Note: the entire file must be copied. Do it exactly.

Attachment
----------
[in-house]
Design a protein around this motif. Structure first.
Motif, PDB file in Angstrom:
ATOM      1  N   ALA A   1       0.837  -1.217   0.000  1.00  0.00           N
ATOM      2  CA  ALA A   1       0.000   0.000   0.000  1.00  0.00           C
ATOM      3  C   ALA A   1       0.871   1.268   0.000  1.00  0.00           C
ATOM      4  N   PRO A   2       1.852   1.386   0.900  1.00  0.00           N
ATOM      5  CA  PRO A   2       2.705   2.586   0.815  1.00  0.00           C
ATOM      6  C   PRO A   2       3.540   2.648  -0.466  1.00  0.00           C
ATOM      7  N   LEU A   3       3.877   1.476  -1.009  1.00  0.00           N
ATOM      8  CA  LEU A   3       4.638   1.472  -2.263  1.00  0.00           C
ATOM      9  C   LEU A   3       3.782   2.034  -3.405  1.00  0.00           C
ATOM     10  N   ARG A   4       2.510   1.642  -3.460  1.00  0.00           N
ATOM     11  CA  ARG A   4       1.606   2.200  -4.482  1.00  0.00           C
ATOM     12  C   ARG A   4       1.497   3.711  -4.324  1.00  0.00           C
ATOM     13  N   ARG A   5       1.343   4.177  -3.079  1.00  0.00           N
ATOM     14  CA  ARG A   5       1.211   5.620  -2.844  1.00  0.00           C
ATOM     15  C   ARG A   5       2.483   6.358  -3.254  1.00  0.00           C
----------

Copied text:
[in-house]
Design a protein around this motif. Structure first.
Motif, PDB file in Angstrom:
ATOM      1  N   ALA A   1       0.837  -1.217   0.000  1.00  0.00           N
ATOM      2  CA  ALA A   1       0.000   0.000   0.000  1.00  0.00           C
ATOM      3  C   ALA A   1       0.871   1.268   0.000  1.00  0.00           C
ATOM      4  N   PRO A   2       1.852   1.386   0.900  1.00  0.00           N
ATOM      5  CA  PRO A   2       2.705   2.586   0.815  1.00  0.00           C
ATOM      6  C   PRO A   2       3.540   2.648  -0.466  1.00  0.00           C
ATOM      7  N   LEU A   3       3.877   1.476  -1.009  1.00  0.00           N
ATOM      8  CA  LEU A   3       4.638   1.472  -2.263  1.00  0.00           C
ATOM      9  C   LEU A   3       3.782   2.034  -3.405  1.00  0.00           C
ATOM     10  N   ARG A   4       2.510   1.642  -3.460  1.00  0.00           N
ATOM     11  CA  ARG A   4       1.606   2.200  -4.482  1.00  0.00           C
ATOM     12  C   ARG A   4       1.497   3.711  -4.324  1.00  0.00           C
ATOM     13  N   ARG A   5       1.343   4.177  -3.079  1.00  0.00           N
ATOM     14  CA  ARG A   5       1.211   5.620  -2.844  1.00  0.00           C
ATOM     15  C   ARG A   5       2.483   6.358  -3.254  1.00  0.00           C